Modification of crystallinity and pore size distribution in coagulated cellulose films
Journal article, 2013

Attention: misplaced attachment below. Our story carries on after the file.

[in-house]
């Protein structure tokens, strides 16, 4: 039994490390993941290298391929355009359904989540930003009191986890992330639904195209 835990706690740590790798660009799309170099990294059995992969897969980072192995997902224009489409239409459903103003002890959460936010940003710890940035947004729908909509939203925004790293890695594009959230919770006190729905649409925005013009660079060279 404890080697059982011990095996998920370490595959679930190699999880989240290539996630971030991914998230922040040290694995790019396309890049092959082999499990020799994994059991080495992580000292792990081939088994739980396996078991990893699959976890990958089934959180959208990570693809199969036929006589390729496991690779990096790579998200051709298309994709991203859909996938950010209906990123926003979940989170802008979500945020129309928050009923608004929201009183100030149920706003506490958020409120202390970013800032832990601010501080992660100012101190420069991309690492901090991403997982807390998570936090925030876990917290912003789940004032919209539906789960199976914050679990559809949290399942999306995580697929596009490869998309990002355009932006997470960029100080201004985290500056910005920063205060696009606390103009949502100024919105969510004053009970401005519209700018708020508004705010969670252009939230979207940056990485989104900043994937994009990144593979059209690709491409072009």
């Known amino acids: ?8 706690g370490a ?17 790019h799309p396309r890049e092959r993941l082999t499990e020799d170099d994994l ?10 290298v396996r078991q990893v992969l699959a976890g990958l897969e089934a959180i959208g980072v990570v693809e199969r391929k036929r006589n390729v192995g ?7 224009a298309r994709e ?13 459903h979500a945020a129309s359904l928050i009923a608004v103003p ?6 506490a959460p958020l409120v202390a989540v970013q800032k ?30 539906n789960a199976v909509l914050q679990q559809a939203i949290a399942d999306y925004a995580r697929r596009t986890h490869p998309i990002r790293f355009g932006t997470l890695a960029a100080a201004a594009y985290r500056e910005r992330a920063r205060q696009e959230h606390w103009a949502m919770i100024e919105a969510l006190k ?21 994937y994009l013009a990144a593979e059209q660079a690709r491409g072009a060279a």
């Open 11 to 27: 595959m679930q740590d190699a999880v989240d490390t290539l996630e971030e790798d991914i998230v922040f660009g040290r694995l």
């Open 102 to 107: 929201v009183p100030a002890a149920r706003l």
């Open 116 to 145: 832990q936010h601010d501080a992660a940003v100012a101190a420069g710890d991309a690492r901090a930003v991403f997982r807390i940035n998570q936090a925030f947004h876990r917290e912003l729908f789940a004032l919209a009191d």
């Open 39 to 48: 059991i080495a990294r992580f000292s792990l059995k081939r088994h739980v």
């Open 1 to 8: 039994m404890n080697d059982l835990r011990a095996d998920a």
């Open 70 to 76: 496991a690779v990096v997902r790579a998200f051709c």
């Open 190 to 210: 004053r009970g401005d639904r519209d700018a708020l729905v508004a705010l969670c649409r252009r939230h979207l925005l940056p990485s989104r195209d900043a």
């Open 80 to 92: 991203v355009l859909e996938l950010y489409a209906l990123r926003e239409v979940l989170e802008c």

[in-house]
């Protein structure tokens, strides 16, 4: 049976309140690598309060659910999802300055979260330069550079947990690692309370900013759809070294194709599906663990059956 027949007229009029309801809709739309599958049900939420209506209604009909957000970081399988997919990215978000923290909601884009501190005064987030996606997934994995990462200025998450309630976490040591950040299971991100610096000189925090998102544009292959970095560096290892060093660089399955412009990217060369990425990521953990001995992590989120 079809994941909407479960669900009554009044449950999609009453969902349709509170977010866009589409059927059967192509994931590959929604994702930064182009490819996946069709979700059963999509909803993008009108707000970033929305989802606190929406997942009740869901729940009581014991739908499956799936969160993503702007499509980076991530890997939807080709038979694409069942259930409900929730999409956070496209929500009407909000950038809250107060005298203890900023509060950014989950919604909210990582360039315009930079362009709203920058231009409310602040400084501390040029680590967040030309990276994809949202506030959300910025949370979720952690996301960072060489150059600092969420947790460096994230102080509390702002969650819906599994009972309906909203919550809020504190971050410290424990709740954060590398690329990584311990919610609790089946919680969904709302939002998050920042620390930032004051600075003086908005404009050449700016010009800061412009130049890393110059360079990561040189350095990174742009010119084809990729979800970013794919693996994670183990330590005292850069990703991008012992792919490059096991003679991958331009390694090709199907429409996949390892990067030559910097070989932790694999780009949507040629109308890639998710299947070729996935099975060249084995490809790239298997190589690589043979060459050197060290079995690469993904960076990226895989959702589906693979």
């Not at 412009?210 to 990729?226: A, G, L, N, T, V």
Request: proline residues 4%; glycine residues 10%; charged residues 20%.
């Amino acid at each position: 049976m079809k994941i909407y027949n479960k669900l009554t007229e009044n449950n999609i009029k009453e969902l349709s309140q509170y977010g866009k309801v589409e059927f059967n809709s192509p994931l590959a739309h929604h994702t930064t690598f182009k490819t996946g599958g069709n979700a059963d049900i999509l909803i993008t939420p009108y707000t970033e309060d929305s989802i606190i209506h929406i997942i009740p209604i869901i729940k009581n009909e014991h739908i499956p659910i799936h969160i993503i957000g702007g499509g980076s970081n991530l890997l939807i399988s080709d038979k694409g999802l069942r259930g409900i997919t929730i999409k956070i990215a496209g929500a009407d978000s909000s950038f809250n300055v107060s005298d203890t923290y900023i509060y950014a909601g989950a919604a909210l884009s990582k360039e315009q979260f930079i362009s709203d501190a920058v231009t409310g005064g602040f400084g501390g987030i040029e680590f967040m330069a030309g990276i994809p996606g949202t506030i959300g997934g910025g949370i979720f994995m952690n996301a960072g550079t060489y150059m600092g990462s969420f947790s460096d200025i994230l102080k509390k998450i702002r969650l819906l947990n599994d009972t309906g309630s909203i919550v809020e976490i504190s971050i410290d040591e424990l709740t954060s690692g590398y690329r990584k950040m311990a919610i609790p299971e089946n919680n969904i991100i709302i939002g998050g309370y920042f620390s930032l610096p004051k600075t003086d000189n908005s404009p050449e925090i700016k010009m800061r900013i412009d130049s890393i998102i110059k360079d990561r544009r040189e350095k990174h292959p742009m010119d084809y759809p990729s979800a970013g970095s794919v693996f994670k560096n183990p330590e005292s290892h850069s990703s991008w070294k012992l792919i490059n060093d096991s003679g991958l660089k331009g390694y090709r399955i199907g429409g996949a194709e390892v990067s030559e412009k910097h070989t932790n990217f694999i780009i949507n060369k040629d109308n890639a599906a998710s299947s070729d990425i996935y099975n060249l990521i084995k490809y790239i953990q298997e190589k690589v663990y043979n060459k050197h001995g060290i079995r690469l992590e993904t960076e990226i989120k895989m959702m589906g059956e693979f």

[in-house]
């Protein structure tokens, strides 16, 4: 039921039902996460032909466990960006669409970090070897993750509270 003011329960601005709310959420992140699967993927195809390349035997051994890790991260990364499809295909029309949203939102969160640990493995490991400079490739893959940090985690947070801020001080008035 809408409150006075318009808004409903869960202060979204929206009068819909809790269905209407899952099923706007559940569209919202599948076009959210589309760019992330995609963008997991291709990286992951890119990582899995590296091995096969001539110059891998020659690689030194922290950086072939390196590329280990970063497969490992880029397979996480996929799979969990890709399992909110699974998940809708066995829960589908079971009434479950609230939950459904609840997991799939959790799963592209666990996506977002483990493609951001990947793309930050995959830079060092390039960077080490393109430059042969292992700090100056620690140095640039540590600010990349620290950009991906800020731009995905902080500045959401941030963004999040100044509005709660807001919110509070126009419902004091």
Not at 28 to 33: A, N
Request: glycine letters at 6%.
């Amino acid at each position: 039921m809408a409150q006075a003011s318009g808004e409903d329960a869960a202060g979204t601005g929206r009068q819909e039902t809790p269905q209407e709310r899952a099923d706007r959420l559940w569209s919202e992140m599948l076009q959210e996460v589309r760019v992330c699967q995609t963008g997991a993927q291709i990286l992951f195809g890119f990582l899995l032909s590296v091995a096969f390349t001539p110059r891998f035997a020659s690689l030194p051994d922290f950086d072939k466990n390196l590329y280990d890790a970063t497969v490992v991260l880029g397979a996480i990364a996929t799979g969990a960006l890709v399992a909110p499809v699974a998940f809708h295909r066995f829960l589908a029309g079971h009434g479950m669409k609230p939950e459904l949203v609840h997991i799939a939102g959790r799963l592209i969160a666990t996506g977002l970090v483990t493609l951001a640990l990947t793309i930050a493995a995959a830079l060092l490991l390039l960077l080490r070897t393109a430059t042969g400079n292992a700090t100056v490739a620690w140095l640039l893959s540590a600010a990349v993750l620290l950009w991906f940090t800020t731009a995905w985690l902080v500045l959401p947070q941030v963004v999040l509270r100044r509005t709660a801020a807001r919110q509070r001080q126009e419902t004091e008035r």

In this study the effects of altering the coagulation medium during regeneration of cellulose dissolved in the ionic liquid 1-ethyl-3-methylimidazolium acetate, were investigated using solid-state NMR spectroscopy and NMR cryoporometry. In addition, the influence of drying procedure on the structure of regenerated cellulose was studied. Complete conversion of the starting material into regenerated cellulose was seen regardless of the choice of coagulation medium. Coagulation in water predominantly formed cellulose II, whereas coagulation in alcohols mainly generated non-crystalline structures. Subsequent drying of the regenerated cellulose films, induced hornification effects in the form of irreversible aggregation. This was indicated by solid-state NMR as an increase in signal intensity originating from crystalline structures accompanied by a decrease of signal intensity originating from cellulose surfaces. This phenomenon was observed for all used coagulants in this study, but to various degrees with regard to the polarity of the coagulant. From NMR cryoporometry, it was concluded that drying induced hornification generates an increase of nano-sized pores. A bimodal pore size distribution with pore radius maxima of a few nanometers was observed, and this pattern increased as a function of drying. Additionally, cyclic drying and rewetting generated a narrow monomodal pore size pattern. This study implies that the porosity and crystallinity of regenerated cellulose can be manipulated by the choice of drying condition.